Updated at 3:12 p.m., Saturday, June 30, 2007
Golf: Shin moves into lead at U.S. Women's Open
By Doug Ferguson
Ji-Yai Shin birdied the last hole she played before darkness set in and showers pelted Pine Needles a short time later. She was at 5 under par through 10 holes, one shot clear of Ochoa, Kerr and 36-hole leader Angela Park.
Ochoa, the No. 1 player in the world seeking her first major, came out swinging when the third round began late in the afternoon, with two birdies on the first three holes, and back-to-back birdies around the turn. Kerr, often overlooked in the search for an American star, was even better. She was 5 under for her round through 13 holes, despite missing a few short birdie attempts.
One shot behind at 3 under was Morgan Pressel, the 19-year-old who in April became the youngest LPGA major champion in history.
It was another early exit for Michelle Wie, overtime for everyone else.
Wie, the 17-year old Punahou graduate, walked off the course halfway through her second round, saying her left wrist was sore when she woke up and got even worse when she tried to play. She shot 42 on the back nine and was headed for another round in the 80s when she withdrew, and her future was never more clouded.
"There's good days and bad days," she said. "And obviously, today was not a good day. I just have to re-evaluate, make some smart choices and see how it works out."
Pine Needles was cloudy, too, but the tournament caught a huge break when the nasty weather stayed away from the 7:30 a.m. resumption of the second round until it was too dark to matter.
But there was enough light for Ochoa's wish to come true.
"I think that I'm close enough," Ochoa said after rallying in the second round for a second straight 71, leaving her five shots behind Park after 36 holes. "Hopefully, my name means something on the leaderboard, and I'm ready to play a good round."
Turns out the 25-year-old Mexican star was ready.
Her eagle putt from just short of the first green lipped out, giving her an easy birdie. She poured in a 10-foot birdie on the par-3 third, and gave herself plenty of chances for more birdies, not missing a fairway on the front nine.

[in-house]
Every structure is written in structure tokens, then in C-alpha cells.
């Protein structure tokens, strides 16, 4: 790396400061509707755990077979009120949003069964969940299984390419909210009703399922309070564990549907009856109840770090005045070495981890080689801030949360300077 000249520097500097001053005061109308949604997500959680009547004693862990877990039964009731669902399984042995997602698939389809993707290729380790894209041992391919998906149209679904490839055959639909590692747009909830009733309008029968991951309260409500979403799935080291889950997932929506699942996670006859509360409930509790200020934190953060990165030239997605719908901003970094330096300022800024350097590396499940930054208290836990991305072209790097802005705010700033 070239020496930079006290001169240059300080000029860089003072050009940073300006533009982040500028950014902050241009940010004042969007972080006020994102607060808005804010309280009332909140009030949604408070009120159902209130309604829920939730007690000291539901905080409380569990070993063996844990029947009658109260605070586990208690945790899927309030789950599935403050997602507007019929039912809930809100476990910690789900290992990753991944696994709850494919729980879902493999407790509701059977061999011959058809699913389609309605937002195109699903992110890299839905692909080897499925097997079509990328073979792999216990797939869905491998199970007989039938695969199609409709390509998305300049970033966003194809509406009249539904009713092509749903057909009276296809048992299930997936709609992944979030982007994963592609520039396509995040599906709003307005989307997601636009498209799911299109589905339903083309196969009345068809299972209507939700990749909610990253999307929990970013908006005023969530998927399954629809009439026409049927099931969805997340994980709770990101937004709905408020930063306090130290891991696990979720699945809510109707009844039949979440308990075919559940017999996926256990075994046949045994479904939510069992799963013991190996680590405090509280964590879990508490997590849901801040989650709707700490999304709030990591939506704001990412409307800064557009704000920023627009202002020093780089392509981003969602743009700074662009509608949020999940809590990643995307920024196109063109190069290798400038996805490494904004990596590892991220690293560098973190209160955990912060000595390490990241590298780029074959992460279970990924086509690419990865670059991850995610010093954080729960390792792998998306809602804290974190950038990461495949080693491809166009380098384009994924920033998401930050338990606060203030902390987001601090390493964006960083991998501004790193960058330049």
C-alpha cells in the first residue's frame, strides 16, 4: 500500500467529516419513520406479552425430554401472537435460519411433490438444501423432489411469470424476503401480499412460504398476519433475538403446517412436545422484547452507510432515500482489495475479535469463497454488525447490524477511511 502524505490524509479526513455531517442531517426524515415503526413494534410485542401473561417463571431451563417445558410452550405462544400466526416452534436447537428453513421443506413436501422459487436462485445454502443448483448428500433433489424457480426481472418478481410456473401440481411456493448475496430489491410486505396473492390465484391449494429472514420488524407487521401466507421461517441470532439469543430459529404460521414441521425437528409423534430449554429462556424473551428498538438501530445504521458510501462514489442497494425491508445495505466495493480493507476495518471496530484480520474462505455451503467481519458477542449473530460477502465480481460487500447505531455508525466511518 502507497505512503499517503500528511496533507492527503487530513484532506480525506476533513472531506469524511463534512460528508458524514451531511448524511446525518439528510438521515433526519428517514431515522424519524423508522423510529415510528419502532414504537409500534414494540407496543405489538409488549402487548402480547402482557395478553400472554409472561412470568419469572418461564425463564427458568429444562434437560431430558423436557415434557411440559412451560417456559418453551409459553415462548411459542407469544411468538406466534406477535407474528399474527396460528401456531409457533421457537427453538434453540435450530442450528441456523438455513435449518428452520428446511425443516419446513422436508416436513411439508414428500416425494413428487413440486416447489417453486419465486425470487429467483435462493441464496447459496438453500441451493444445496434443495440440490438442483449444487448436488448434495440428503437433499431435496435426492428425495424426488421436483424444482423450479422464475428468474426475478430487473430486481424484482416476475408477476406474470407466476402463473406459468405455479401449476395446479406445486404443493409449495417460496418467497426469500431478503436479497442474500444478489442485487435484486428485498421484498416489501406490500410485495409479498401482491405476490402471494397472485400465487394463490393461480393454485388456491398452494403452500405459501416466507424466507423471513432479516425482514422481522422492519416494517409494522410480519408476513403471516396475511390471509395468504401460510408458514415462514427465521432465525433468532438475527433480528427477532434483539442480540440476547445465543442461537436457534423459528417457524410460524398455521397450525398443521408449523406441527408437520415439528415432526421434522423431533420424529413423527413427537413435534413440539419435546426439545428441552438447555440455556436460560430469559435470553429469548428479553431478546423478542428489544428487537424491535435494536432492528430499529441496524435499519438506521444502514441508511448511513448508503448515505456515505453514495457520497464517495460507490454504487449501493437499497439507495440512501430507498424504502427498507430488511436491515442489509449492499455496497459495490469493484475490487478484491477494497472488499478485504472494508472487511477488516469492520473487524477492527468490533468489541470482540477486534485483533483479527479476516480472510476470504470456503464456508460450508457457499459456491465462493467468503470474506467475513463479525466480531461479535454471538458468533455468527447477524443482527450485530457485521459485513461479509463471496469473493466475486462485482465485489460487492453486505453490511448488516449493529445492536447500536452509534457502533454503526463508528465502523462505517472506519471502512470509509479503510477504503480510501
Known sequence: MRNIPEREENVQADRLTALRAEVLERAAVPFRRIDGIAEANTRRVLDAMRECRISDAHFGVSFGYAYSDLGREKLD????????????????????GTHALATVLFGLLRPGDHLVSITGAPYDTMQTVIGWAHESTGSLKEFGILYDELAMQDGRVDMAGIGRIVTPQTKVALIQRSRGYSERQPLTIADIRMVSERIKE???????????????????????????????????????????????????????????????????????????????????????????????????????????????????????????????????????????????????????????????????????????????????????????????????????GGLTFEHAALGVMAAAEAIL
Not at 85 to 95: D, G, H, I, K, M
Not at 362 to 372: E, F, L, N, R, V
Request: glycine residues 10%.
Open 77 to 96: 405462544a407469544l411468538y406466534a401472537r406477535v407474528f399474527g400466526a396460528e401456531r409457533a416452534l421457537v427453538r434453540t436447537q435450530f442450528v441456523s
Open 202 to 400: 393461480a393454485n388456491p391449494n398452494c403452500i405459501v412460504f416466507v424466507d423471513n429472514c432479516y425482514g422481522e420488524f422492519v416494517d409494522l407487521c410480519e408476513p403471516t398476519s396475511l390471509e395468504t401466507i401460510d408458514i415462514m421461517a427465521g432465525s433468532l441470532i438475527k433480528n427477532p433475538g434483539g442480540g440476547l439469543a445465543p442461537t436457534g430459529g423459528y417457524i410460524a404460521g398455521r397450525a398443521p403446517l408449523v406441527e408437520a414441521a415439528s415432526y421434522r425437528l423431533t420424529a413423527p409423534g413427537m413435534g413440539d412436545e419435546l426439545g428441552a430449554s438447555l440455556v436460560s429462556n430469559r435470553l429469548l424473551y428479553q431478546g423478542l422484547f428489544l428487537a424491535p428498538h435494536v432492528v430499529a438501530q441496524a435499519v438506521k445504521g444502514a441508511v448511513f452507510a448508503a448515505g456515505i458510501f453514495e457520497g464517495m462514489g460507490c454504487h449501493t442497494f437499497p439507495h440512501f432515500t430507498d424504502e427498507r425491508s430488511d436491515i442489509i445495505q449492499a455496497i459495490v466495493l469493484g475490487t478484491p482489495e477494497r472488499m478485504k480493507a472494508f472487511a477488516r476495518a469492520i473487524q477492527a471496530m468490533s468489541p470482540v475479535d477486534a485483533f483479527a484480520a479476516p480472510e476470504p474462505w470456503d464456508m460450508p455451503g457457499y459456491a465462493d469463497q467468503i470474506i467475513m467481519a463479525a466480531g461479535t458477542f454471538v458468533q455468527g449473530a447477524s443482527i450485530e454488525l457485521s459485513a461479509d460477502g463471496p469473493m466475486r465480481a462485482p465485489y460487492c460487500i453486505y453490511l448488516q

In the twilight of the sand hills, several Mexicans from the Pine Needles grounds crew added to her gallery, carrying her along.
"Vamos Lorena!" they cried.
She delivered with a 7-foot birdie on the ninth, and a 20-foot birdie on the 10th to pull into a share of the lead. Ochoa was in the 12th fairway when she chose not to finish the hole.
Shin was at 3-under 139, along with Amy Hung (69) and Julieta Granda (60). Shin, a 19-year-old South Korean, missed a 4-foot eagle attempt on the first hole, ran off a string of pars then took advantage of the tees being moved forward on the par-5 10th for a birdie that gave her the lead.
She has played only two LPGA Tour events, but is considered the next in line of strong South Koreans. And not many have dealt with her kind of adversity. As an an amateur, she was invovled in a car accident driving to a tournament that killed her mother, and it took Shin time to recover from her own injuries.
She will return to Pine Needles at 7:30 a.m. tomorrow, facing one more day with the biggest prize in women's golf at stake.
Kerr wants a piece of it, too.
For all the talk about American youth, she gets forgotten in a world of Pressel, Paula Creamer and Brittany Lincicome. Kerr was among the pioneers who turned pro out of high school 11 years ago, and the 29-year-old from Miami already has compiled nine victories.
This might be her best shot at a major.
"It's been a very long day of golf, and I'm looking forward to the rest tonight and just doing the best I can, and honestly I'm not going to put any pressure on myself," Kerr said.
She was more thrilled to get her swing sorted out than posting a string of birdies, figuring the score will take care of itself.
Pressel got off to a rugged start, failing to birdie the easy first hole, three-putted for bogey on the second and missing a short birdie attempt on her next hole. But she got on track with a birdie on the sixth, and was 2 under for her round through 11 holes.
Defending champion Annika Sorenstam remained nine shots behind with six holes remaining in her third round. She traded birdies and bogeys, and didn't look like she was ready to make any kind of charge required to get into contention.
"I really like my position," Ochoa said. "It was important to go low in the third round. We still have a lot of holes left, but I like where I am right now. Tomorrow's going to be a special day."